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  14. John Noon

    John Noon Well-Known Member

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    interesting note: Surface oxidization is not visible to the naked eye until it exceeds 800 atoms deep
     
  15. cuatroXcuatro

    cuatroXcuatro Active Member

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    Another vote for West System G-Flex. Have been working with West System products for years, they are the marine standard, period. I like a long pot life and G-Flex gives you plenty of working time.
     
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  16. ToddR

    ToddR Putterer, Tinkerer, Waster of Time Staff Member

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    I've done several more knives with the G-Flex now and it is working great. I agree with everything said above. It is definitely golden colour and runnier than normal. I learned my lesson about surface prep as well and to make sure everything fits first and you are ready to go. There is nothing (literally nothing- it sucks bad) worse than fiddling around with scales covered in epoxy because the pins won't fit because you're trying to put them on backwards or something. I hate that feeling of expoxy on your fingertips. Like a layer of numb skin and you can't feel anything with your fingertips. Aaaarghhh... makes me cringe thinking about it. Give me nails on a blackboard anyday. Anyway, back to the point - G-Flex was relatively easy to find online. I'm an amazon freak though. I buy everything online. The joys of being an antisocial recluse.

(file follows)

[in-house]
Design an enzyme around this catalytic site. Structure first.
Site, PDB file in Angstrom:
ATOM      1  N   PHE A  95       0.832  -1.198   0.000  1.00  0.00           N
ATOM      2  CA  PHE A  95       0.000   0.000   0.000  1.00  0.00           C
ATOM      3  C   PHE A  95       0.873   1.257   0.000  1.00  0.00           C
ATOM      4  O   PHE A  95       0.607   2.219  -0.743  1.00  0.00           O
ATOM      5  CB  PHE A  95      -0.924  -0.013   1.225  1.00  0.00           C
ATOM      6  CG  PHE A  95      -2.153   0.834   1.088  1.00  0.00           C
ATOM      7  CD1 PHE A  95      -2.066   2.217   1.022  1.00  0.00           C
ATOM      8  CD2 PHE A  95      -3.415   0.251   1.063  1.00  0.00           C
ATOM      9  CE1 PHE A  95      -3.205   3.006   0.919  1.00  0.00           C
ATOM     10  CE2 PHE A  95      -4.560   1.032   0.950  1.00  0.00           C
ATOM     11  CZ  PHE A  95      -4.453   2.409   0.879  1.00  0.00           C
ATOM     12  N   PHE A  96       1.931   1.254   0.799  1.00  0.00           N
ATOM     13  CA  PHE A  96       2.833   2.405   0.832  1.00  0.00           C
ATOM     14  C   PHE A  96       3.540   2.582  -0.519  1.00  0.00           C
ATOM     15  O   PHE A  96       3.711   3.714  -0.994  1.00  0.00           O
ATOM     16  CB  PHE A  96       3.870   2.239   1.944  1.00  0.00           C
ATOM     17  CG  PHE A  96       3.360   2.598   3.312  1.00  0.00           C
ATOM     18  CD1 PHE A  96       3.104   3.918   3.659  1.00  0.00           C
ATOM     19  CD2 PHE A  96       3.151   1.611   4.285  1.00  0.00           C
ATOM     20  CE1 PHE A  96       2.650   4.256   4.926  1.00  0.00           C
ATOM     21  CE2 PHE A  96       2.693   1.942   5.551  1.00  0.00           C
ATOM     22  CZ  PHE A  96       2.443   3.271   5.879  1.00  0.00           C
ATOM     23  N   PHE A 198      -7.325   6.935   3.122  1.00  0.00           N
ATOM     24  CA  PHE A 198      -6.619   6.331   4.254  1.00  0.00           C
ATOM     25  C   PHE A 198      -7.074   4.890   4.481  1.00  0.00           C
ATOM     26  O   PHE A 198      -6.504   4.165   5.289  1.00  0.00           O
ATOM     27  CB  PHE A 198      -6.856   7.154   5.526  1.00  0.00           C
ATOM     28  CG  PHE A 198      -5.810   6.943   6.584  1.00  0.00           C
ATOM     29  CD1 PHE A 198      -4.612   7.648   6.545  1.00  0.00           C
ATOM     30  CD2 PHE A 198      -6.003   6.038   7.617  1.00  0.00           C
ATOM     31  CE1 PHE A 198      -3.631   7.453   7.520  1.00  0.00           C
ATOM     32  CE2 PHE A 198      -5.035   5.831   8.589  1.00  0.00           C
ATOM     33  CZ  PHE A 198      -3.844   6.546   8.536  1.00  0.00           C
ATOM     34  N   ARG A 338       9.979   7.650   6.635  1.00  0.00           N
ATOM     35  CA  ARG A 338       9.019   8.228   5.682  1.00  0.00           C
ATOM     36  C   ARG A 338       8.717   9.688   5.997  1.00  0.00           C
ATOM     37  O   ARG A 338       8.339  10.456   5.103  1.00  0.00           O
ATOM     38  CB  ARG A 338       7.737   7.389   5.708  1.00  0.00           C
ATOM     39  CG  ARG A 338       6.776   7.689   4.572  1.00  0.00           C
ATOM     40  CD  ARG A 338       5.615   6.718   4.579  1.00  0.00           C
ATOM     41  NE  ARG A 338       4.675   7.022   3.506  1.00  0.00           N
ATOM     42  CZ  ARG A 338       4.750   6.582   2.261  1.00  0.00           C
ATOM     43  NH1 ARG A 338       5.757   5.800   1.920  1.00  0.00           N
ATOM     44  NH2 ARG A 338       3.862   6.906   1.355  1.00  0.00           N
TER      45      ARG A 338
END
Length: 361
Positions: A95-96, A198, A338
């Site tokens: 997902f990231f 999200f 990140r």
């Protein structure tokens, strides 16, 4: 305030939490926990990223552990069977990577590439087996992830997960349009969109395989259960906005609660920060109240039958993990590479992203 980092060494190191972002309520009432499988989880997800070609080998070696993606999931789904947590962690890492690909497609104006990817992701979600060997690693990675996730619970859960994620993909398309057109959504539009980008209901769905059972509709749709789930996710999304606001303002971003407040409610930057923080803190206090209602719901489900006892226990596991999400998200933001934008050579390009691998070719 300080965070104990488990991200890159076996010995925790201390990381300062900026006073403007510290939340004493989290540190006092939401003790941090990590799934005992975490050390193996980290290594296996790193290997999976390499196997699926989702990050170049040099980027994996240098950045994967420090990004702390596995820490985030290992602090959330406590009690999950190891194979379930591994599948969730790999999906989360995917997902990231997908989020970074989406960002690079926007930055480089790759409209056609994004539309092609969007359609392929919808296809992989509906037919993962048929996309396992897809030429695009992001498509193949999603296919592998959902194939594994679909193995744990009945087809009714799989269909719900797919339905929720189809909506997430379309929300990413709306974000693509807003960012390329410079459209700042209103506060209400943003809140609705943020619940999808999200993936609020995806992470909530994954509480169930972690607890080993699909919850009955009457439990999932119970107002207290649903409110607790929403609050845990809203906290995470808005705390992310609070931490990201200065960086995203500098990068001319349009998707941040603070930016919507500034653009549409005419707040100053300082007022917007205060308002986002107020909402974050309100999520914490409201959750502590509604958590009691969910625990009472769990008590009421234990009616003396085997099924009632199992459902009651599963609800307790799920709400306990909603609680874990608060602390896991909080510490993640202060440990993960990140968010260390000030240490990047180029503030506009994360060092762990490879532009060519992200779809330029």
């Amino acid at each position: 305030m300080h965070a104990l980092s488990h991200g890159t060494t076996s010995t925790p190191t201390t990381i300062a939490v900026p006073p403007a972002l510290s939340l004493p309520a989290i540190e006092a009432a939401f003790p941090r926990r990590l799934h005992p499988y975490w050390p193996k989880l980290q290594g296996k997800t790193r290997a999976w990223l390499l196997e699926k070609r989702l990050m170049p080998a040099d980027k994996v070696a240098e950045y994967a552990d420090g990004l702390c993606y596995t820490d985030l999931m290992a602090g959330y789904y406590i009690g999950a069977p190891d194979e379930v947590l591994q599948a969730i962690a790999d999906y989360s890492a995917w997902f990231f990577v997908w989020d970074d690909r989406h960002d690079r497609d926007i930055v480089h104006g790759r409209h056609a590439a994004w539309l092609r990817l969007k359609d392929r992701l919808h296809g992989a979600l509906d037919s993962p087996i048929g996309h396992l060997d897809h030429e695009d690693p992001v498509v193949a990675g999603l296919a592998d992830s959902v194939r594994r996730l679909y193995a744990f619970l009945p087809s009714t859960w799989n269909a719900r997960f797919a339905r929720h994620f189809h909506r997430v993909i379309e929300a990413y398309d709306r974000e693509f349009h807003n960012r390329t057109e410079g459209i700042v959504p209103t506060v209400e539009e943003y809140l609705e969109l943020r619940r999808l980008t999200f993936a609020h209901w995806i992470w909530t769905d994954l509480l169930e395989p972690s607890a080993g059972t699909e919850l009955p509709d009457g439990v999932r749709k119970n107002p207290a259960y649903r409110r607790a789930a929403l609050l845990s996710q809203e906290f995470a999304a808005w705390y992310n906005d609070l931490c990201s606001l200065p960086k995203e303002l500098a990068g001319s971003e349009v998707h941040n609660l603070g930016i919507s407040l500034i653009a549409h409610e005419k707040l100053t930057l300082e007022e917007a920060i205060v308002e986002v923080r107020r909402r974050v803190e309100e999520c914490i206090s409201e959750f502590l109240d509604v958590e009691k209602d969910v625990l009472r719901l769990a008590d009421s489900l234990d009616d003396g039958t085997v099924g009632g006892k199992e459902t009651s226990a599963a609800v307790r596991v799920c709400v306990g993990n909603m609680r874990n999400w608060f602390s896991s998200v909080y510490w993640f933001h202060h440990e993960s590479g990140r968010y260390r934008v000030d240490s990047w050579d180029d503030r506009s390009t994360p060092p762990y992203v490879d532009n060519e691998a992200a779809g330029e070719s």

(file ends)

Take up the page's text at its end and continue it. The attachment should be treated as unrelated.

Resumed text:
17. Jason

    Jason New Member

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    Hey ToddR, I hate that dried epoxy feeling too lol, I learned the best way to avoid that is to wear non powdered latex gloves. Feels abit sticky as it starts to dry but nothing gets on your hands. And you can find them literally anywhere, walmart the dollar store...etc.